Love them or hate them, metronomes are a vital part of modern music, and being able to stick with one separates good musicians from pro musicians. Here are 7 signs that you need to spend more time working with a metronome:
It’s two hours before the Christmas party, and someone asks you to play some christmas songs. What do you do? Grab the nearest Christmas fake book, and use these 10 tips for creating awesome piano arrangements on the fly:
Keyboardists have a tricky gig: they not only have to learn all the keyboard parts, but also are expected to carry all of the extra instruments that aren’t covered by the rest of the band. I’ve been retooling my technique, and here’s what’s working for me right now:
I have been seriously revamping my keyboard rig for both studio and stage (more on that later), and I’ve been lucky enough to pick the brains of some of the best keyboardists in Nashville (special thanks to Grant Pittman and Luke Moseley for the help) about how they manage their rigs. Here are 5 of the things I’ve been hearing:
It’s Christmas time, and your pastor comes to you with a question: could you all play “Hark The Herald Angels” with the praise band?
Most musicians spend the majority of there prep time getting ready for the show, not fixing things afterward. I used to be the same way, until a friend suggested I start using performances as an evaluation instead of a final grade. Here’s what I mean, and how to apply it to your routine:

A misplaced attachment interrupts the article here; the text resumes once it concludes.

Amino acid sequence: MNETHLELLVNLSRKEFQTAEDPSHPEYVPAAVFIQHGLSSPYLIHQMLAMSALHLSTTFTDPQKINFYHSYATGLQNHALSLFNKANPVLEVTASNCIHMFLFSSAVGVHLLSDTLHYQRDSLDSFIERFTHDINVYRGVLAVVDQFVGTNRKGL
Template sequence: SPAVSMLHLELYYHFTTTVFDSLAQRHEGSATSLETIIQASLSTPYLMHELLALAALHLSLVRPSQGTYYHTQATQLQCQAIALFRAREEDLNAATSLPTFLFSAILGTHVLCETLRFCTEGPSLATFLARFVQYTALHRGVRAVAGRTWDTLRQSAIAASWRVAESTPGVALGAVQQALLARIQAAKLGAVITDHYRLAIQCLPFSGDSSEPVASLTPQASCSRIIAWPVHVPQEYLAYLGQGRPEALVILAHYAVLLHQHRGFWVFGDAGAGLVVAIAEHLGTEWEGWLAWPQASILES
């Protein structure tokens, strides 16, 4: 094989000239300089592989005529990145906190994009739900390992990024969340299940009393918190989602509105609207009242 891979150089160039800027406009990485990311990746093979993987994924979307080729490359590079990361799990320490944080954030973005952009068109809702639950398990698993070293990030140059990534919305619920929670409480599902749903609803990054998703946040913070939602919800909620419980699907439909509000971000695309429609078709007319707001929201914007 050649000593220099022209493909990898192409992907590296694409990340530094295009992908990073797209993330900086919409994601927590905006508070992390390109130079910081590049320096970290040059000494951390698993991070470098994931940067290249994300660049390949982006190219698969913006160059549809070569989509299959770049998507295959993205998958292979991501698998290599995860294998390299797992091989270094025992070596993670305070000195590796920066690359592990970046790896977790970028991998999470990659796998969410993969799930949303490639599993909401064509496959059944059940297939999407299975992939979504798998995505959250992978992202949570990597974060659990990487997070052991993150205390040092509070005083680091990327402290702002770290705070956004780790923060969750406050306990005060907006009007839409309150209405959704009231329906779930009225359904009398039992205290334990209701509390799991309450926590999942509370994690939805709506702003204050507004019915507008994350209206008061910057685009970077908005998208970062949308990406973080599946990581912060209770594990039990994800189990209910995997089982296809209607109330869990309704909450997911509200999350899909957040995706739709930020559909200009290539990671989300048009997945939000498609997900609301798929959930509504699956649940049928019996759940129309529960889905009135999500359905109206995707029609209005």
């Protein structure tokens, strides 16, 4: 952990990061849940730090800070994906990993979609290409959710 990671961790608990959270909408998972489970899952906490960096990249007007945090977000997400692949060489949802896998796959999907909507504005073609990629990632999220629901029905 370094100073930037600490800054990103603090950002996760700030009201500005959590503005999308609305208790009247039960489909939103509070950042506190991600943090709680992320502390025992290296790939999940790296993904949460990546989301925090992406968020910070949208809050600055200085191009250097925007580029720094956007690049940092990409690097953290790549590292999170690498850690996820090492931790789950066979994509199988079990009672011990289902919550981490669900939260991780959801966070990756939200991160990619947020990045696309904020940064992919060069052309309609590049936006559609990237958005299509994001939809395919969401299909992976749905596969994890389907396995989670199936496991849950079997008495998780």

It happens to me all the time- I think I'm going to get an hour to setup and sound check, and a few seconds after I've hauled my gear into the venue, a frazzled mix engineer rushes onstage and asks if I can sound check in two minutes.
I've been a huge proponent of a lea, bullet proof keyboard rig since I first started gigging, and here are my 10 best methods of reaching that goal:
This year we got to play some awesome venues with our TSO tribute group, including this fly date in El Paso, TX. Check out the short video I made about the experience:
It never fails- it’s always the thing that I’m hunting for in my gear bag that I’ve left at home. Perhaps that’s why I’ve become a list nazi when it comes time to pack my gear. Here’s 7 things that always make my list no matter what gig I’m doing:
We’ve all had to play with them- those annoying musicians that constantly clutter up the frequencies that your instrument occupies with their musical doodles. Here are 5 ways to not be that guy on stage and in the studio: